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Tumor invasion margin from diffusion weighted imaging Open Access


Other title
tumor invasion margin
Type of item
Degree grantor
University of Alberta
Author or creator
Mosayebi, Parisa
Supervisor and department
Dana Cobzas, Computing Science
Martin Jagersand, Computing Science
Examining committee member and department
Thomas Hillen, Mathematical and Statistical Sciences
Russell Greiner, Computing Science
Department of Computing Science

Date accepted
Graduation date
Master of Science
Degree level
Glioma is one of the most challenging types of brain tumors to be treated or controlled locally. One of the main problems is to determine which areas of the apparently normal brain contain glioma cells, as gliomas are known to infiltrate several centimetres beyond the clinically apparent lesion that is visualized on standard CT or MRI. To ensure that radiation treatment encompasses the whole tumor, including the cancerous cells not revealed by MRI, doctors treat the volume of brain that extends 2cm out from the margin of the visible tumor. This approach does not consider varying tumor-growth dynamics in different brain tissues, thus it may result in killing some healthy cells while leaving cancerous cells alive in other areas. These cells may cause recurrence of the tumor later in time which limits the effectiveness of the therapy. In this thesis, we propose two models to define the tumor invasion margin based on the fact that glioma cells preferentially spread along nerve fibers. The first model is an anisotropic reaction-diffusion type tumor growth model that prioritizes diffusion along nerve fibers, as given by DW-MRI data. The second proposed approach computes the tumor invasion margin using a geodesic distance defined on the Riemannian manifold of brain fibers. Both mathematical models result in Partial Differential Equations (PDEs) that have to be numerically solved. Numerical methods used for solving differential equations should be chosen with great care. A part of this thesis is dedicated to discuss in detail, the numerical aspects such as stability and consistency of different finite difference methods used to solve these PDEs. We review the stability issues of several 2D methods that discretize the anisotropic diffusion equation and we propose an extension of one 2D stable method to 3D. We also analyze the stability issues of the geodesic model. In comparison, the geodesic model is numerically more stable than the anisotropic diffusion model since it results in a first-order PDE. Finally, we evaluate both models on actual DTI data from patients with glioma by comparing our predicted growth with follow-up MRI scans. Results show improvement in predicting the invasion margin when using the geodesic distance model as opposed to the 2cm conventional Euclidean distance.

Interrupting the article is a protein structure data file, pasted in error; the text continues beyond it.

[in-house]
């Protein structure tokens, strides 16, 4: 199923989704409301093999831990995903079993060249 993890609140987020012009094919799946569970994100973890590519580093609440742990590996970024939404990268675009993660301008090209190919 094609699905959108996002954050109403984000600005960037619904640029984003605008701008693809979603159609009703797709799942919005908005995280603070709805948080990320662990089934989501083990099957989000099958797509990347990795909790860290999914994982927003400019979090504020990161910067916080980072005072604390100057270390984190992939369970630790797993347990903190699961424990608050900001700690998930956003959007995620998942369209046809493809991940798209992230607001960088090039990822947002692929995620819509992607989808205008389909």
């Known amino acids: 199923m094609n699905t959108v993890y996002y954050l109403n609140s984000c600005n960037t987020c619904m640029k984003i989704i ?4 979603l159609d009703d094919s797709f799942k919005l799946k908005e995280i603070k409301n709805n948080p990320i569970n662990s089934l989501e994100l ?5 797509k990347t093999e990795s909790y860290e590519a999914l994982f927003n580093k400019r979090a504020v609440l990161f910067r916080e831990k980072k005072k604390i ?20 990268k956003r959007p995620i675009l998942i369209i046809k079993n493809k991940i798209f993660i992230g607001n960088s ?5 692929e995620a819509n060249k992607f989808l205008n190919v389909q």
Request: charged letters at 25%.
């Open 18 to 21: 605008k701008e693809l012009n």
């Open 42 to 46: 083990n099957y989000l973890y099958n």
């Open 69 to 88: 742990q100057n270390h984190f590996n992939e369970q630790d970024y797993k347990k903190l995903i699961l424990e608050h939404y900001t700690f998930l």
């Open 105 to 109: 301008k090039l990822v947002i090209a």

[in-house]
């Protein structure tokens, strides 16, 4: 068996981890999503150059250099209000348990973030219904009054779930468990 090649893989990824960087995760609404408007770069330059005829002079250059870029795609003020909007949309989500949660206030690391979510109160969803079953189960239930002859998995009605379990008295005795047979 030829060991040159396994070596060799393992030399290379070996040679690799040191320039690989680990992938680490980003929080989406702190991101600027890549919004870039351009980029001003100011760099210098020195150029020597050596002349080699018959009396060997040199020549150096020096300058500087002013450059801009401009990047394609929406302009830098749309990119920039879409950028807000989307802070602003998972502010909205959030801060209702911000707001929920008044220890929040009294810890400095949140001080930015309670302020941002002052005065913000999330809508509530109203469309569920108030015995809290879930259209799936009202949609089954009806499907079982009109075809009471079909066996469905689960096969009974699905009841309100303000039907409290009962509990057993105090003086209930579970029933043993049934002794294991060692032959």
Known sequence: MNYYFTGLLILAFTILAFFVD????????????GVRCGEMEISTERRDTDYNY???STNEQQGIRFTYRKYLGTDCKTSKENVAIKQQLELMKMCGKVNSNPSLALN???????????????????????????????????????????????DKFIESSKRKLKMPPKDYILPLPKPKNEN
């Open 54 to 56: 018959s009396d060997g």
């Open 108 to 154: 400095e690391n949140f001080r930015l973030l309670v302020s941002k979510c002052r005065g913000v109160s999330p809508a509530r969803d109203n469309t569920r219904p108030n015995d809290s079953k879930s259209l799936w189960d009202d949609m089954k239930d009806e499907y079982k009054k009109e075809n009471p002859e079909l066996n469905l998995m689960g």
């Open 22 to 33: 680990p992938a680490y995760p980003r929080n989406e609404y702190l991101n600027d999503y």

License granted by Parisa Mosayebi ( on 2010-01-28T17:20:34Z (GMT): Permission is hereby granted to the University of Alberta Libraries to reproduce single copies of this thesis and to lend or sell such copies for private, scholarly or scientific research purposes only. Where the thesis is converted to, or otherwise made available in digital form, the University of Alberta will advise potential users of the thesis of the above terms. The author reserves all other publication and other rights in association with the copyright in the thesis, and except as herein provided, neither the thesis nor any substantial portion thereof may be printed or otherwise reproduced in any material form whatsoever without the author's prior written permission.
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